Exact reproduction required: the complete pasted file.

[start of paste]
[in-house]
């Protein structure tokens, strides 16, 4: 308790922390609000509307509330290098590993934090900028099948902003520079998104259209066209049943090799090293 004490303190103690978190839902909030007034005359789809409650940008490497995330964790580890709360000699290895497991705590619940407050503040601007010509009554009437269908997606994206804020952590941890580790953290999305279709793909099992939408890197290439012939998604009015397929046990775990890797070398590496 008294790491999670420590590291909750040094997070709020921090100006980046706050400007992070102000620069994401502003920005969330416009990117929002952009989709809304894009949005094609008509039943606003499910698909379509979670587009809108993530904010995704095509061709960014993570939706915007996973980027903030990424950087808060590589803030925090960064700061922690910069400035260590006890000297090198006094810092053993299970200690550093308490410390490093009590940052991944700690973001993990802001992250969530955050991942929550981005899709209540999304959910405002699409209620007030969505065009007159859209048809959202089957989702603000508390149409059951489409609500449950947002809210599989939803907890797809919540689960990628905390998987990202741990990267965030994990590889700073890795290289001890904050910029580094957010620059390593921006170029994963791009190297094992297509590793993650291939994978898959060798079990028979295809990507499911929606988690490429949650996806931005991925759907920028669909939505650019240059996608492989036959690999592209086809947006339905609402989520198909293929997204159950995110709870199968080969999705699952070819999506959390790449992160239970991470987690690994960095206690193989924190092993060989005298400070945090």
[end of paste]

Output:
[in-house]
């Protein structure tokens, strides 16, 4: 308790922390609000509307509330290098590993934090900028099948902003520079998104259209066209049943090799090293 004490303190103690978190839902909030007034005359789809409650940008490497995330964790580890709360000699290895497991705590619940407050503040601007010509009554009437269908997606994206804020952590941890580790953290999305279709793909099992939408890197290439012939998604009015397929046990775990890797070398590496 008294790491999670420590590291909750040094997070709020921090100006980046706050400007992070102000620069994401502003920005969330416009990117929002952009989709809304894009949005094609008509039943606003499910698909379509979670587009809108993530904010995704095509061709960014993570939706915007996973980027903030990424950087808060590589803030925090960064700061922690910069400035260590006890000297090198006094810092053993299970200690550093308490410390490093009590940052991944700690973001993990802001992250969530955050991942929550981005899709209540999304959910405002699409209620007030969505065009007159859209048809959202089957989702603000508390149409059951489409609500449950947002809210599989939803907890797809919540689960990628905390998987990202741990990267965030994990590889700073890795290289001890904050910029580094957010620059390593921006170029994963791009190297094992297509590793993650291939994978898959060798079990028979295809990507499911929606988690490429949650996806931005991925759907920028669909939505650019240059996608492989036959690999592209086809947006339905609402989520198909293929997204159950995110709870199968080969999705699952070819999506959390790449992160239970991470987690690994960095206690193989924190092993060989005298400070945090």